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Stage Review : Fringe Festival : Communal Energy Brings 'Dead' To Life

September 04, 1987|RAY LOYND

Agitprop theater is not fashionable these days, but The Rough Theater's "L.A. Book of the Dead" takes an earnest stab at social agitation.

Playing alternately at the Rose Theater in Venice and the Olio in Echo Park, the 10-character ensemble work wisely cloaks its post-apocalyptic L.A. horror tale in a style that incorporates Brechtian and Story Theater techniques with personal choreographic flair.

The most successful image is that of masks, used sparingly but tellingly, especially in the opening minutes when the actors materialize in their white, gargoylish masks, almost floating in a pool of dark light (deftly textured at the Rose by Daniel Street at the performance reviewed Wednesday).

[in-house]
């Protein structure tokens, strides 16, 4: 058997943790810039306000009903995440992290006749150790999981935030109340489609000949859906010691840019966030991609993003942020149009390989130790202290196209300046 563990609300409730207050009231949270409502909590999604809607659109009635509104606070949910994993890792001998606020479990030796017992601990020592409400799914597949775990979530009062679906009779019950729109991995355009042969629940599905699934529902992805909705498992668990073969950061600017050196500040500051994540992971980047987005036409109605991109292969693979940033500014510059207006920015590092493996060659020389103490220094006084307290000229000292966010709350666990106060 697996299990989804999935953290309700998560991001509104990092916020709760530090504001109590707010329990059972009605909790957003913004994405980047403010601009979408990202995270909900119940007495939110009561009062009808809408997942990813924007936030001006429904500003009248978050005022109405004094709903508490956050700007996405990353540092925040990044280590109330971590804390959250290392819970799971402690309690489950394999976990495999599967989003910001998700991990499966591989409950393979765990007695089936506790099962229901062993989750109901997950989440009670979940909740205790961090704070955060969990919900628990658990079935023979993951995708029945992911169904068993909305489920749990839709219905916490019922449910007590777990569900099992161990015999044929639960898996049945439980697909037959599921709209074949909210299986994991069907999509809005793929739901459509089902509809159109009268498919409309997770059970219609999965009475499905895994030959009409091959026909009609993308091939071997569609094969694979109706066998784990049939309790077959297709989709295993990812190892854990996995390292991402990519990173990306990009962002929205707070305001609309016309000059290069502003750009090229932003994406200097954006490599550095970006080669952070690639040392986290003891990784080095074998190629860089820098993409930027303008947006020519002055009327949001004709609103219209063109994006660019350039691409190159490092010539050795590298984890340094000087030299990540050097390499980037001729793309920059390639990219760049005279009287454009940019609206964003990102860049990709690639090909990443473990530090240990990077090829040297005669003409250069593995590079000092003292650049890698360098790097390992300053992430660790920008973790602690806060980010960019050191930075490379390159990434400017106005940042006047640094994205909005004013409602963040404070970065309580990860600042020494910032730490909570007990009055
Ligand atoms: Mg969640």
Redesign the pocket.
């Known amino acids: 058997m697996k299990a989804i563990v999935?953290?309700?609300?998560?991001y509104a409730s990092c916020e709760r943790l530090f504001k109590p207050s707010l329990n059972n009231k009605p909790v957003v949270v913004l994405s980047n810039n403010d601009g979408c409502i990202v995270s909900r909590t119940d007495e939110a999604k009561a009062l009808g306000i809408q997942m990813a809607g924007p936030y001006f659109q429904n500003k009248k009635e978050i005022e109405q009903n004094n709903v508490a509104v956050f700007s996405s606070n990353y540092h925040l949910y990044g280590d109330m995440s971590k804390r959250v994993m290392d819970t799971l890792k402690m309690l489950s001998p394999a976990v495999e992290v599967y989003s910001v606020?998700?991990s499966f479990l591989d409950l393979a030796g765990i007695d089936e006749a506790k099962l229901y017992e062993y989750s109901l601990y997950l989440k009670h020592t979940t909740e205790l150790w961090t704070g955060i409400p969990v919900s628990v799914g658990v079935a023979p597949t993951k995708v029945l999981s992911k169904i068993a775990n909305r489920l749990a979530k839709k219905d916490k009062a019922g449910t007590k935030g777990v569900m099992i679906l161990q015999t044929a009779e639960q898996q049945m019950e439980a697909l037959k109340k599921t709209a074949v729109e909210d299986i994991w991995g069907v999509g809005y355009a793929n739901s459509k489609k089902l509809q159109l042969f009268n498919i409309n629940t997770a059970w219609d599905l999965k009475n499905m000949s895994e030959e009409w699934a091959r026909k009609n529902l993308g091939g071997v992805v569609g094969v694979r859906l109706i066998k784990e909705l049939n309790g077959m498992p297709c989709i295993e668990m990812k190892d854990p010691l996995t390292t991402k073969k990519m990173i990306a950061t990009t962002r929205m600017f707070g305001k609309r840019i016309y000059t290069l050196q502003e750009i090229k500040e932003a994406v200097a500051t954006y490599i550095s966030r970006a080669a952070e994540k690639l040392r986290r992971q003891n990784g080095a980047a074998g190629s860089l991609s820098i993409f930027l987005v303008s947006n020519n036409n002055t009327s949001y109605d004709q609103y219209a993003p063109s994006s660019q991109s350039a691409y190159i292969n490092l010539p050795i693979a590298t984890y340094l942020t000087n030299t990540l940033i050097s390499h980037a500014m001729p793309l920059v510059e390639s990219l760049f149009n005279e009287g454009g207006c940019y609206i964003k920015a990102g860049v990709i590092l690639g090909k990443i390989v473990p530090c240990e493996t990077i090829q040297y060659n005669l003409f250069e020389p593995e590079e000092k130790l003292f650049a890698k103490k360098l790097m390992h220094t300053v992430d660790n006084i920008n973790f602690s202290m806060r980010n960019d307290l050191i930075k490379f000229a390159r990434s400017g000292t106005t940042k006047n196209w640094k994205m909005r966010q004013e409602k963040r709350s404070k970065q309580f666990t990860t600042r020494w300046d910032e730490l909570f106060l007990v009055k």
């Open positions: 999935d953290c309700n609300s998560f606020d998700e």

Playwright Don Thompson's shifting time frames could be better defined. And co-directors Brent Morris and Dan Zellner--who are strong actors in the show--fail to build a desired momentum. But the troupe conveys a strong sense of communal energy.

Standouts are Tim Ottman's drill sergeant, Zellner's new wave singer, and Morris' computer analyst. Francesca Brenner's anchor woman and waitress are also vibrant caricatures.

Performances are at the Rose Theater, 318 Lincoln Blvd., Venice, Wednesdays and Sundays, 8 p.m., through Sept. 27, and at the Olio, 3709 Sunset Blvd., Tuesdays, 8:30 p.m., through Oct. 6. Tickets: $7-$10; (213) 667-9556 for the Olio; (213) 392-6963 for the Rose.

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